Mother Eve Series Part 4: Transgress

Part One: EvePart Two: Serpent | Part Three: Beguiled | Part Five: Help Meet | Part Six: Naked |

Transgression.

Seeing there are some seriously marred understandings of the happenings in Eden, it brings us to this topic…

Did Adam and Eve really sin? If not sin…Debauchery? …Depravity? …Iniquity? What exactly would we call it?

Of all these relatable terms, why is the word ‘transgress’ used to describe Eve and Adam’s action? And does it have a negative connotation? “Did they come out in direct opposition to God and to His government? No. But they transgressed a command of the Lord, and through that transgression sin came into the world. The Lord knew they would do this, and he had designed that they should” (Brigham Young,Discourses of Brigham Young, 103).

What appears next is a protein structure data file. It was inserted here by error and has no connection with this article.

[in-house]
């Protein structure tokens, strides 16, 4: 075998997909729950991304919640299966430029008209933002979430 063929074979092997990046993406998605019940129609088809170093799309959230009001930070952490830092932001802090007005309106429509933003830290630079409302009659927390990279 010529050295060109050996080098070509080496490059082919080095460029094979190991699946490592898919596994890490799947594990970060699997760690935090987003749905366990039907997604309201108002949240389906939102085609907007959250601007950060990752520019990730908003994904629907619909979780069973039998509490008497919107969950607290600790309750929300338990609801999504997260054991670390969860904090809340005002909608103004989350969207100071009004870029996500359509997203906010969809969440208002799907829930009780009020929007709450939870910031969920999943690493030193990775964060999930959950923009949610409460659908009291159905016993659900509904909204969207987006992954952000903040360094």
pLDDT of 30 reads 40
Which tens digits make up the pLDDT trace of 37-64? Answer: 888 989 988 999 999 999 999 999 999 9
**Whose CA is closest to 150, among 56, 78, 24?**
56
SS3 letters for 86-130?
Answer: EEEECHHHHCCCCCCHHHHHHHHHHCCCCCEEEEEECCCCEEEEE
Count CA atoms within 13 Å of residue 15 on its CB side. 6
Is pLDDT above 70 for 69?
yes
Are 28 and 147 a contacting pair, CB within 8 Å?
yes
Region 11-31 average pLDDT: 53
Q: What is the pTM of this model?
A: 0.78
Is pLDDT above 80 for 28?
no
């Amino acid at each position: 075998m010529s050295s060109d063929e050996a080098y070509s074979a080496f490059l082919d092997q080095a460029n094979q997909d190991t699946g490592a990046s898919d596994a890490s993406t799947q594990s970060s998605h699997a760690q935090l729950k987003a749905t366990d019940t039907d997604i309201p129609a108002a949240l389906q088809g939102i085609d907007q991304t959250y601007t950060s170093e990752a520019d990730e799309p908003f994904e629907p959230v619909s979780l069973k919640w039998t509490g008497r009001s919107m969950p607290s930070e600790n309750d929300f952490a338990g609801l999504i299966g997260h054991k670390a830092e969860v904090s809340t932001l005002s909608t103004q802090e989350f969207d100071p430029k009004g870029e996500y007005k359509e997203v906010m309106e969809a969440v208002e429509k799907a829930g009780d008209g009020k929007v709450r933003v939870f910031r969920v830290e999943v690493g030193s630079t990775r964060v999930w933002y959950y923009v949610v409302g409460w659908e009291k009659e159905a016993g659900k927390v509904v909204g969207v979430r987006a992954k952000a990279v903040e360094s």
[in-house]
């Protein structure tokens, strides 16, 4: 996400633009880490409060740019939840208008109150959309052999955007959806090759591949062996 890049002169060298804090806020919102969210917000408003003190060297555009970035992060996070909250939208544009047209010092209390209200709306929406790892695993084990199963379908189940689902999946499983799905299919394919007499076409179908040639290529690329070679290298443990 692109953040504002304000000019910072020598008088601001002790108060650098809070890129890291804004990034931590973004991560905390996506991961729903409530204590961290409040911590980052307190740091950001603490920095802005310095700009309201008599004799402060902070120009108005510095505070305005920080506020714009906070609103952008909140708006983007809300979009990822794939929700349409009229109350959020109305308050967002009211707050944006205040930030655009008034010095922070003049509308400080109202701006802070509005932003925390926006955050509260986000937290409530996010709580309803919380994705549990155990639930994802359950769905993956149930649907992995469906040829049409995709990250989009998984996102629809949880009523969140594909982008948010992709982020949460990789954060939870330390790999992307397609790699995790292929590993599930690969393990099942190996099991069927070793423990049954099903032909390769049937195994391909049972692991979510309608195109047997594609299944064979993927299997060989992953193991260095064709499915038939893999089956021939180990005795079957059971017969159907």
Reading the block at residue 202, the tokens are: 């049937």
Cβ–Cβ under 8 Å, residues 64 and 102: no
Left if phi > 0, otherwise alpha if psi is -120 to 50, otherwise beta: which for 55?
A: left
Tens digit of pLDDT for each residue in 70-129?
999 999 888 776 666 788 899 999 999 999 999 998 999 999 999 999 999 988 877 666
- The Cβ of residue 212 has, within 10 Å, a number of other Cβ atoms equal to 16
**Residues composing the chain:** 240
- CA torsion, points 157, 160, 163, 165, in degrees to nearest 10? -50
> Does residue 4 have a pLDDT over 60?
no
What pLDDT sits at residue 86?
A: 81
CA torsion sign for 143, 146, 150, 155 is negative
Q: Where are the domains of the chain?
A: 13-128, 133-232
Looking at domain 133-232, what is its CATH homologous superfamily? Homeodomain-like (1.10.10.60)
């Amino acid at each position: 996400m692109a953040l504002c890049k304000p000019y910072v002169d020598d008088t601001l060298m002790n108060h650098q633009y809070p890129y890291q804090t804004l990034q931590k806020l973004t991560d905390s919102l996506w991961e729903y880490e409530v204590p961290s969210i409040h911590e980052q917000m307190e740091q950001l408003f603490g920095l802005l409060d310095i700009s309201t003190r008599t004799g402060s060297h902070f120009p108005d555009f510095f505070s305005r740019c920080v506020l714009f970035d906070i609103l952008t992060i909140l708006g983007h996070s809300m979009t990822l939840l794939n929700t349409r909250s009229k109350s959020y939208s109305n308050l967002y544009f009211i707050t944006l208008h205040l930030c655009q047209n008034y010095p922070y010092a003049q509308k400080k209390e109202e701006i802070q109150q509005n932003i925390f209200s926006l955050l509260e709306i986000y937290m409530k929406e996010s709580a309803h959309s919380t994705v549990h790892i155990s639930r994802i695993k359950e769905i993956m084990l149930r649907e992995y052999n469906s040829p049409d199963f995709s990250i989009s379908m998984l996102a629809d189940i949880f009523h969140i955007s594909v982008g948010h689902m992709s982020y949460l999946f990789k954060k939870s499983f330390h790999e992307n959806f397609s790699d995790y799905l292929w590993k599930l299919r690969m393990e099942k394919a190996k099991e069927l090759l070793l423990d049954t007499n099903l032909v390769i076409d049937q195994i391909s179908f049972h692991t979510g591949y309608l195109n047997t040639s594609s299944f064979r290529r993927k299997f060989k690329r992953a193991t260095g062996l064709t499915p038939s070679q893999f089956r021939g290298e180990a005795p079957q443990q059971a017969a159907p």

If this transgression brought sin, but is not specifically sin, what is the difference between a transgression and a sin? Elder Boyd K. Packer taught that “the Fall came by transgression of a law, but there was no sin connected with it. There is a difference between transgression and sin. Both always bring consequences. While it may not be a sin to step off a roof, in doing so, you become subject to the law of gravity and consequences will follow. . . . The fall of man was made from the presence of God to this mortal life.” Elder Dallin H. Oaks explained in a general conference address that the “contrast between a sin and a transgression reminds us of the careful wording in the second article of faith : ‘We believe that men will be punished for their own sins , and not for Adam’s transgression ’ (italics added). It also echoes a familiar distinction in the law, he continues, “For reasons that have not been revealed, this transition, or ‘fall,’ could not happen without a transgression—an exercise of moral agency amounting to a willful breaking of a law (see Moses 6:59). This would be a planned offense, a formality to serve an eternal purpose.” He further explained how a transgression can be just that and not a sin: “Some acts, like murder, are crimes because they are inherently wrong. Other acts, like operating without a license, are crimes only because they are legally prohibited. Under these distinctions, the act that produced the Fall was not a sin—inherently wrong—but a transgression—wrong because it was formally prohibited.” In agreement, Joseph Fielding Smith adds, “This was a transgression of the law, but not a sin in the strict sense, for it was something that Adam and Eve had to do!” (Doctrines of Salvation,1:115.)